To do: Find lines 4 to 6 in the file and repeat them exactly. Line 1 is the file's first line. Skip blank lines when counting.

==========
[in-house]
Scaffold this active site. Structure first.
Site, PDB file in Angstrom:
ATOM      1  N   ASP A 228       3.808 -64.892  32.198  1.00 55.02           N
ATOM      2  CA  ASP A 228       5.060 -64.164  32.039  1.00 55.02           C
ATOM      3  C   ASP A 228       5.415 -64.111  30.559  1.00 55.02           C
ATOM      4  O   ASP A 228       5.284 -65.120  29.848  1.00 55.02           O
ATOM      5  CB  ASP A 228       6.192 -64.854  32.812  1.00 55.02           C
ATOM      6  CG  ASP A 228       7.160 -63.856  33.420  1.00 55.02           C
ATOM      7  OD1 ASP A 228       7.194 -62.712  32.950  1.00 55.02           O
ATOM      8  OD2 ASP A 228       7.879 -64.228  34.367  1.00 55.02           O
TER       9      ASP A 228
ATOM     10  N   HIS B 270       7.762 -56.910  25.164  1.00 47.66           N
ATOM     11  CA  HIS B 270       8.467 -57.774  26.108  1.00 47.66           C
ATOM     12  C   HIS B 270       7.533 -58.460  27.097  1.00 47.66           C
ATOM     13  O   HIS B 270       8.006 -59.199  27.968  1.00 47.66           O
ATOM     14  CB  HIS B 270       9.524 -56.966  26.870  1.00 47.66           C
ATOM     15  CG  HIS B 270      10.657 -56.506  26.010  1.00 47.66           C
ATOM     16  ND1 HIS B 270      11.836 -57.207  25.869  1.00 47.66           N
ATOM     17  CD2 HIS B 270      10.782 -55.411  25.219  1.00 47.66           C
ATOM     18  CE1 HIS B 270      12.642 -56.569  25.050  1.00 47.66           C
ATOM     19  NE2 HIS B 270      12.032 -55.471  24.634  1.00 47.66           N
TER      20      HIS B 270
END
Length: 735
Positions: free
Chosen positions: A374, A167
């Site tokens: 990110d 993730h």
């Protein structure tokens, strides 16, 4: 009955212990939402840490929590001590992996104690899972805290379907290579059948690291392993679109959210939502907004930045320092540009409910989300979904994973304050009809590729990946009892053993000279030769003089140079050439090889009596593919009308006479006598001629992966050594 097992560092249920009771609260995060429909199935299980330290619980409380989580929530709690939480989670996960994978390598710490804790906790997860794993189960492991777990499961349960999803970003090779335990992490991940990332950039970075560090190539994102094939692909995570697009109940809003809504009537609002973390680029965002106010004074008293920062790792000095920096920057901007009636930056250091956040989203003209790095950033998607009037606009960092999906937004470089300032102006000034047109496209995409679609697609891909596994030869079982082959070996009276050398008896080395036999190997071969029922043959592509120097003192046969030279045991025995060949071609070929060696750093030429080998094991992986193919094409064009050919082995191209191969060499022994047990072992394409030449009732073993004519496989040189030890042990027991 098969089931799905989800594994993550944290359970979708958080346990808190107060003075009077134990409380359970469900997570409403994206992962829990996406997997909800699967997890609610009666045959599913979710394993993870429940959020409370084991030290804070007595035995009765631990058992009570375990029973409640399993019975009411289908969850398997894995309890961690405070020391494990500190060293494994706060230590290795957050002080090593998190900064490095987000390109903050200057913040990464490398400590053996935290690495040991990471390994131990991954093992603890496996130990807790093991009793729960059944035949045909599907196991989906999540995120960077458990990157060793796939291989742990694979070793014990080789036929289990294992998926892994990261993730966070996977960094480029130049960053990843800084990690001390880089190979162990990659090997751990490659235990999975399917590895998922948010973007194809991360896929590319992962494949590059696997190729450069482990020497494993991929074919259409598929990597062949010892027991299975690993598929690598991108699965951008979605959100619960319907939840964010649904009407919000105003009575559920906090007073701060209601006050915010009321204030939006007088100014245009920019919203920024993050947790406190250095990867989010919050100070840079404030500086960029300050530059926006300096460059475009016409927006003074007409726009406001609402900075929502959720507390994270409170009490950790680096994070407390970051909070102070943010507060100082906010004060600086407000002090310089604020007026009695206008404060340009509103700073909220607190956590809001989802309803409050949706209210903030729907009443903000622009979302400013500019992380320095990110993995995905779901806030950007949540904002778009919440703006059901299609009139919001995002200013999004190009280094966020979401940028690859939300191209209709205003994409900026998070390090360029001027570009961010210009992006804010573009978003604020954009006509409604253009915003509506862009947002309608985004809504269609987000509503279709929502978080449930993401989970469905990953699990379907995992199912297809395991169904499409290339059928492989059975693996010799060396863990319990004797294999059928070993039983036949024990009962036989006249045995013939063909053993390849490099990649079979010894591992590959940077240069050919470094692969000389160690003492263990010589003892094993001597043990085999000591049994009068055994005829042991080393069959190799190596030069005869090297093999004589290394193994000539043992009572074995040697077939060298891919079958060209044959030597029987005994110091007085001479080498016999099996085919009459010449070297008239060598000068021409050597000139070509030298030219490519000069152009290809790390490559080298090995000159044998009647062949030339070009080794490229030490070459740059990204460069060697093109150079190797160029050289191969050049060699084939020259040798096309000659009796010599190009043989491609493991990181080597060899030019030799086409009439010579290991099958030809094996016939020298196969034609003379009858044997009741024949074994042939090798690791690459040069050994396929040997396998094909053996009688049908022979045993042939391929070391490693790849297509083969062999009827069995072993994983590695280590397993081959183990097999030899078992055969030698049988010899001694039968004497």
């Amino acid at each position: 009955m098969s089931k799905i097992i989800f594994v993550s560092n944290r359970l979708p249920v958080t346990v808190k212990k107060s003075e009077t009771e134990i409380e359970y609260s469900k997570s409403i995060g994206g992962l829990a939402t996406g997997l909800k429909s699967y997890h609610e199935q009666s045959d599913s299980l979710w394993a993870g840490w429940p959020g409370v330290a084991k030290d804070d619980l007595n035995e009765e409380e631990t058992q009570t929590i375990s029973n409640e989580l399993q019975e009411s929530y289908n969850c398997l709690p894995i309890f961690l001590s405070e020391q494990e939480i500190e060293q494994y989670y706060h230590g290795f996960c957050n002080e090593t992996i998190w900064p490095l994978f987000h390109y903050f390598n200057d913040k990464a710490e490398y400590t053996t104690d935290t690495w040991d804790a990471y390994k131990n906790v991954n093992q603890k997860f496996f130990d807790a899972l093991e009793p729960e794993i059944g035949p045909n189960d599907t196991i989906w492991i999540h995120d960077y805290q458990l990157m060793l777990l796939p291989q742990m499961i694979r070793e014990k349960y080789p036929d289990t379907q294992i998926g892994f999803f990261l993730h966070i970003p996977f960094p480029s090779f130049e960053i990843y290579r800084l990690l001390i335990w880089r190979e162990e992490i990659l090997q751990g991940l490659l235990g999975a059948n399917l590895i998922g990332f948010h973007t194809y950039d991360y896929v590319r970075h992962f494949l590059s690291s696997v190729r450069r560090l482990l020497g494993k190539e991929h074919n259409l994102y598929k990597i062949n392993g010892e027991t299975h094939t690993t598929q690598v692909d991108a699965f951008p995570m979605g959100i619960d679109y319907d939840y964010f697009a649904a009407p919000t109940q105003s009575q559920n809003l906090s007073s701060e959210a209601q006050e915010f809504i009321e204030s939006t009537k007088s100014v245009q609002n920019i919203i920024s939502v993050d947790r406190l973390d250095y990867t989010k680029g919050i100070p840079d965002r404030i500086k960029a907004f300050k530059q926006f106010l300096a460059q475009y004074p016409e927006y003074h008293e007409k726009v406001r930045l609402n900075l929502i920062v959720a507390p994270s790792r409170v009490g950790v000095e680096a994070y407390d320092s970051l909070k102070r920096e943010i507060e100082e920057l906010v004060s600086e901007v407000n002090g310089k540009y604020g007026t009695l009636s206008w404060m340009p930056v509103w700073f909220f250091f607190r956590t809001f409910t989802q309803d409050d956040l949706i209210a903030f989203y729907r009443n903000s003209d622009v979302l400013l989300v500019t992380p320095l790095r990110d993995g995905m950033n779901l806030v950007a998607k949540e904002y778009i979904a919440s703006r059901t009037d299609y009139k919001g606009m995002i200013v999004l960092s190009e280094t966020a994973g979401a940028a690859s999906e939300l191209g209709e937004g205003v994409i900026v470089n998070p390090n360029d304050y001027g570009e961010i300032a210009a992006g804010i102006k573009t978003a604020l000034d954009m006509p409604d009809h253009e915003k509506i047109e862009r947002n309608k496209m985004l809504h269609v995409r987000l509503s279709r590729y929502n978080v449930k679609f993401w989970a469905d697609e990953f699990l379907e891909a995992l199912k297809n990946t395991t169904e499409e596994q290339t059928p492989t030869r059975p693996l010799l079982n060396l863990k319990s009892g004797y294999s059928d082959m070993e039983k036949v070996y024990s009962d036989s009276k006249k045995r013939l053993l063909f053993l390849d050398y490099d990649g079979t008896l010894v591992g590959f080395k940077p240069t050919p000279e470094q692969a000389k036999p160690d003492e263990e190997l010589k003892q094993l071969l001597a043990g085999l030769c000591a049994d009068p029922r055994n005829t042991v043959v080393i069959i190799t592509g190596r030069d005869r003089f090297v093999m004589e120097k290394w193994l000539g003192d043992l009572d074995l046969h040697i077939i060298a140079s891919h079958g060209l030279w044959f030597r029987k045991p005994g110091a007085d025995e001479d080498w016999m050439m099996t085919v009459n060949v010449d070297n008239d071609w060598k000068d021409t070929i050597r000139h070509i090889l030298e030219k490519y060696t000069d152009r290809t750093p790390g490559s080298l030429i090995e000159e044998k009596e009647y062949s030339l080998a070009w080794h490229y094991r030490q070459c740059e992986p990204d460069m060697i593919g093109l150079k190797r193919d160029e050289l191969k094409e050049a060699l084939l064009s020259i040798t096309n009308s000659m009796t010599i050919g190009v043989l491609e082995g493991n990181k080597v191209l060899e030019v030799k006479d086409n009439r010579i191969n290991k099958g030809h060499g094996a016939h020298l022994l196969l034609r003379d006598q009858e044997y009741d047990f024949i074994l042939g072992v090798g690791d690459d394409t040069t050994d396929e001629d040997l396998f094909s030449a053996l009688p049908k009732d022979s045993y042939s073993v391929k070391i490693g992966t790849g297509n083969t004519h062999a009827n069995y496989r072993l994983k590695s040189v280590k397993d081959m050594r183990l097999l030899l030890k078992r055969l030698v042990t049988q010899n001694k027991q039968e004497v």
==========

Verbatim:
ATOM      1  N   ASP A 228       3.808 -64.892  32.198  1.00 55.02           N
ATOM      2  CA  ASP A 228       5.060 -64.164  32.039  1.00 55.02           C
ATOM      3  C   ASP A 228       5.415 -64.111  30.559  1.00 55.02           C